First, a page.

Activists from Jamaat-u-Dawa, a charity widely viewed as a front for the banned Islamist group Lashkar-e-Taiba, rally during an anti-India protest in Lahore last month. Arif Ali / AFP
Lashkar-e-Taiba (LeT), potentially one of the most dangerous militant groups in Pakistan and one which is suspected to be behind a number of attacks conducted outside the country, is being given free reign in Punjab province, analysts and intelligence sources say.
While the United States and Pakistan’s army have been concentrating on wiping out militants from the north-west of the country, in the Punjab, militant organisations such as LeT and Jaish-e-Muhammed have been busy growing their networks, they say.
LeT was banned in 2002, but continued to recruit, organise and train militants under its charitable wing, Jamaat-u-Dawa. After the attack on the Indian city of Mumbai in 2008, in which 180 people were killed and 300 injured, the United Nations placed Jamaat-u-Dawa on its list of terrorist organisations. Pakistan responded by closing down several of the foundation’s madrasa and detaining its leaders.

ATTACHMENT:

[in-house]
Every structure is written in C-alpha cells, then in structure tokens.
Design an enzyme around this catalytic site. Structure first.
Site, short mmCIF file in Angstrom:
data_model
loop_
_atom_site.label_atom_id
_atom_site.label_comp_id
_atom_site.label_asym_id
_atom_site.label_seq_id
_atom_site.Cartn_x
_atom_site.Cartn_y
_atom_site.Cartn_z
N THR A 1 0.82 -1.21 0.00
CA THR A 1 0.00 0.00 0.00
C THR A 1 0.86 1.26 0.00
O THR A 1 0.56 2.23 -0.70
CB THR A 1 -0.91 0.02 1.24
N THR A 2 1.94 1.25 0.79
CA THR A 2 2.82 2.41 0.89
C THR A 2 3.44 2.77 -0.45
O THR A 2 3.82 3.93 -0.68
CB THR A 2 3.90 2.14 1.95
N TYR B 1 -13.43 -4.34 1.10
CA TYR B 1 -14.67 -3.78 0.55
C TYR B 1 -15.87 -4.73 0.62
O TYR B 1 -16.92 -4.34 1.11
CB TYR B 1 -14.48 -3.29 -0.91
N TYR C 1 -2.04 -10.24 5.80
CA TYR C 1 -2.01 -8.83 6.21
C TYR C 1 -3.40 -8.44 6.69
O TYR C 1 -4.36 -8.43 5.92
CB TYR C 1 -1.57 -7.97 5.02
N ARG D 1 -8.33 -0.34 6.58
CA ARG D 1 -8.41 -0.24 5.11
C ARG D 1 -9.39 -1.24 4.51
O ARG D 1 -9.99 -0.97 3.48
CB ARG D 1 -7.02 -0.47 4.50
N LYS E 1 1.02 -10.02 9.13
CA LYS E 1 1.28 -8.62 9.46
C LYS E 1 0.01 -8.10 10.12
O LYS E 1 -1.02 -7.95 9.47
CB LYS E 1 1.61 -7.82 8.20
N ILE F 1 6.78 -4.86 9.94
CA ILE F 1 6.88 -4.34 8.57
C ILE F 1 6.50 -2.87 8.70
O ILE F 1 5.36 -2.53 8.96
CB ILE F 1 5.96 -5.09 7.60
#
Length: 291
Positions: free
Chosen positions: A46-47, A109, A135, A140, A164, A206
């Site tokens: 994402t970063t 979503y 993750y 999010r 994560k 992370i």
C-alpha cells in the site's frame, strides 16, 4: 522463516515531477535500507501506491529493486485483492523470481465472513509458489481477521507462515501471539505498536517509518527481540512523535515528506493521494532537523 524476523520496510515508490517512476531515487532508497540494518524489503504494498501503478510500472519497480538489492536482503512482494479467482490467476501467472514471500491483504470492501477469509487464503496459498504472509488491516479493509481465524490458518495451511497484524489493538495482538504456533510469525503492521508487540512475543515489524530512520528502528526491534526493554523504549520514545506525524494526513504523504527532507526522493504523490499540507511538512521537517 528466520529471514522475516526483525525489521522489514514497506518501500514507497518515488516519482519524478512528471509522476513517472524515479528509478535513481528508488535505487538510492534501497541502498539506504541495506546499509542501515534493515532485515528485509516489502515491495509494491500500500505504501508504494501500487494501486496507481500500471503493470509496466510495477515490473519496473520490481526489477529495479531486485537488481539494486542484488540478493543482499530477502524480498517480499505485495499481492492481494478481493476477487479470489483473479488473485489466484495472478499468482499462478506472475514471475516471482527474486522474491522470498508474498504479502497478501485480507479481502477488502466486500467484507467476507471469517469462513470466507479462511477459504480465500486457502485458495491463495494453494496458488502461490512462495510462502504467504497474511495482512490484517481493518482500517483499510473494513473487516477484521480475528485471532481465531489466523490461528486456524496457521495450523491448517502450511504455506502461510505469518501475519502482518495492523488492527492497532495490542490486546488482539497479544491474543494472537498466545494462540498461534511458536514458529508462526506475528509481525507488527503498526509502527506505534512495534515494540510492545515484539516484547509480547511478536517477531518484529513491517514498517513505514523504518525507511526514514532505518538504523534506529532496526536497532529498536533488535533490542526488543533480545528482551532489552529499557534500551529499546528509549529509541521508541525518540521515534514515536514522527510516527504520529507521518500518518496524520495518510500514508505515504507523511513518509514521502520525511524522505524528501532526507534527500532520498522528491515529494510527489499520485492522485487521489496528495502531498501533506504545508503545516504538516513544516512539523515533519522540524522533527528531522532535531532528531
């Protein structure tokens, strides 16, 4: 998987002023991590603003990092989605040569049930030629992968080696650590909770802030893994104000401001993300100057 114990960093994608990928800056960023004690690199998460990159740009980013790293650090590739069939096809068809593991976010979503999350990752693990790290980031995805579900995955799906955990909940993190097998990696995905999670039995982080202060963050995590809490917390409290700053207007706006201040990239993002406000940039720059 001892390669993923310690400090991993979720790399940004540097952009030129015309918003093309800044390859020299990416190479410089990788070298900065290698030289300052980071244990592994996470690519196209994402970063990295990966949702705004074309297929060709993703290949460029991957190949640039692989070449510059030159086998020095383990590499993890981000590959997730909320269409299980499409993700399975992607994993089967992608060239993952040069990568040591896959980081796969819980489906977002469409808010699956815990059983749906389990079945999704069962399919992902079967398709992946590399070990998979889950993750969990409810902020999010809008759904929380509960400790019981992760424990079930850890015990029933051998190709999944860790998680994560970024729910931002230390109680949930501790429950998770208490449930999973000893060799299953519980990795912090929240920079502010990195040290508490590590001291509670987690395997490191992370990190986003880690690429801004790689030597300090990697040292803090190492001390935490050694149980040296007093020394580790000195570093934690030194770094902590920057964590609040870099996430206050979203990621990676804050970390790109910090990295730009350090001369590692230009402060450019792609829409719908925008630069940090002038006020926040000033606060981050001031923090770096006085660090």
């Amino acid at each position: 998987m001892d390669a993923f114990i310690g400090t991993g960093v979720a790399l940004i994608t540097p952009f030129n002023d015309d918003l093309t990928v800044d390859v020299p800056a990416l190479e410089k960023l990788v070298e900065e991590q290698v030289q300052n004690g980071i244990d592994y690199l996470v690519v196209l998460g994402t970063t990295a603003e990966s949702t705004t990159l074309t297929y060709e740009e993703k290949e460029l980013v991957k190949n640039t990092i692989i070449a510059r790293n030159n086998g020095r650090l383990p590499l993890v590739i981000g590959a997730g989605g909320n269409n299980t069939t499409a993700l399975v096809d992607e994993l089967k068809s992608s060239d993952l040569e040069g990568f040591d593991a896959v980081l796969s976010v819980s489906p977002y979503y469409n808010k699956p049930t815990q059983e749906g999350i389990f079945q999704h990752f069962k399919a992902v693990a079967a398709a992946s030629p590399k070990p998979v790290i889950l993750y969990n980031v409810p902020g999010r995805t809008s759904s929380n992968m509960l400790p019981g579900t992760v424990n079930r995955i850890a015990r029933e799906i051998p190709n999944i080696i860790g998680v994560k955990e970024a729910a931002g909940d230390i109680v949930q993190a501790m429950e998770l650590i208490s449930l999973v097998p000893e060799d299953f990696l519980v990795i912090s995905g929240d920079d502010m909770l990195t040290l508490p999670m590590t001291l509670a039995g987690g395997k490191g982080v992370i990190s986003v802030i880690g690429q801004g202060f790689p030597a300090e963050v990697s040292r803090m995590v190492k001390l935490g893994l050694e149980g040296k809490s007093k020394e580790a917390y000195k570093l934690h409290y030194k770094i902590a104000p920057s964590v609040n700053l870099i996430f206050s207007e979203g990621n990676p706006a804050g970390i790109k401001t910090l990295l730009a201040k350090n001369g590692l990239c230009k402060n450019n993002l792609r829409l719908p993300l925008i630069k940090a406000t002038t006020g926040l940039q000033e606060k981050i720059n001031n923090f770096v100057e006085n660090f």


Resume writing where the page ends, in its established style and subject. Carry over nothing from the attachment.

Yet in recent weeks, opposition politicians have accused the Punjab government, led by its chief minister, Shabaz Sharif, of either turning a blind eye to LeT’s renewed activities, or even silently encouraging them.
Earlier last month, Rana Sanaullah, the law minister in Punjab, visited the madrasa of Sipah-e-Sahaba, a banned militant group, and was later seen driving around town with its leader. When asked about the incident, Mr Sanaullah refused to discuss it as all mention of banned outfits is forbidden by the Pakistan government.
But the issue has raised concern both within Pakistan and abroad about the government’s ability and willingness to truly restrict the activities of militants.